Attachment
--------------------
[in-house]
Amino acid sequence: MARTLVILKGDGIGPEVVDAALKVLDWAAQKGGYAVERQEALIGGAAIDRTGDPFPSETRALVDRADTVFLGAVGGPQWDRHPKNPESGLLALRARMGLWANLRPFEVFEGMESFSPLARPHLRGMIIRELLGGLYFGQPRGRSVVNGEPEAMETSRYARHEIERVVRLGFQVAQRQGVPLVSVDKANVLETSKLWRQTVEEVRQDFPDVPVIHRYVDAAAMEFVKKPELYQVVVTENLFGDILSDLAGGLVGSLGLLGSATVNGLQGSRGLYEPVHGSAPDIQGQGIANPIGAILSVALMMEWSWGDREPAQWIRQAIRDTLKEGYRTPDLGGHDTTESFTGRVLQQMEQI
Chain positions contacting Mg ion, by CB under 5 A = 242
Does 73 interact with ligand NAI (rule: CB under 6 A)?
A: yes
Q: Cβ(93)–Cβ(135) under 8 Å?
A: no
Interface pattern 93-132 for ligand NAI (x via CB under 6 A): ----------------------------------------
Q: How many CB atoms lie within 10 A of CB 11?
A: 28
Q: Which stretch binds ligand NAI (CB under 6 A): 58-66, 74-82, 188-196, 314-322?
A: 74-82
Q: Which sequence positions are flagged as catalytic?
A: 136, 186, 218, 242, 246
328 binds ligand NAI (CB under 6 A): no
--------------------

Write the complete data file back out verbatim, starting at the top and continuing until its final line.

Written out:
[in-house]
Amino acid sequence: MARTLVILKGDGIGPEVVDAALKVLDWAAQKGGYAVERQEALIGGAAIDRTGDPFPSETRALVDRADTVFLGAVGGPQWDRHPKNPESGLLALRARMGLWANLRPFEVFEGMESFSPLARPHLRGMIIRELLGGLYFGQPRGRSVVNGEPEAMETSRYARHEIERVVRLGFQVAQRQGVPLVSVDKANVLETSKLWRQTVEEVRQDFPDVPVIHRYVDAAAMEFVKKPELYQVVVTENLFGDILSDLAGGLVGSLGLLGSATVNGLQGSRGLYEPVHGSAPDIQGQGIANPIGAILSVALMMEWSWGDREPAQWIRQAIRDTLKEGYRTPDLGGHDTTESFTGRVLQQMEQI
Chain positions contacting Mg ion, by CB under 5 A = 242
Does 73 interact with ligand NAI (rule: CB under 6 A)?
A: yes
Q: Cβ(93)–Cβ(135) under 8 Å?
A: no
Interface pattern 93-132 for ligand NAI (x via CB under 6 A): ----------------------------------------
Q: How many CB atoms lie within 10 A of CB 11?
A: 28
Q: Which stretch binds ligand NAI (CB under 6 A): 58-66, 74-82, 188-196, 314-322?
A: 74-82
Q: Which sequence positions are flagged as catalytic?
A: 136, 186, 218, 242, 246
328 binds ligand NAI (CB under 6 A): no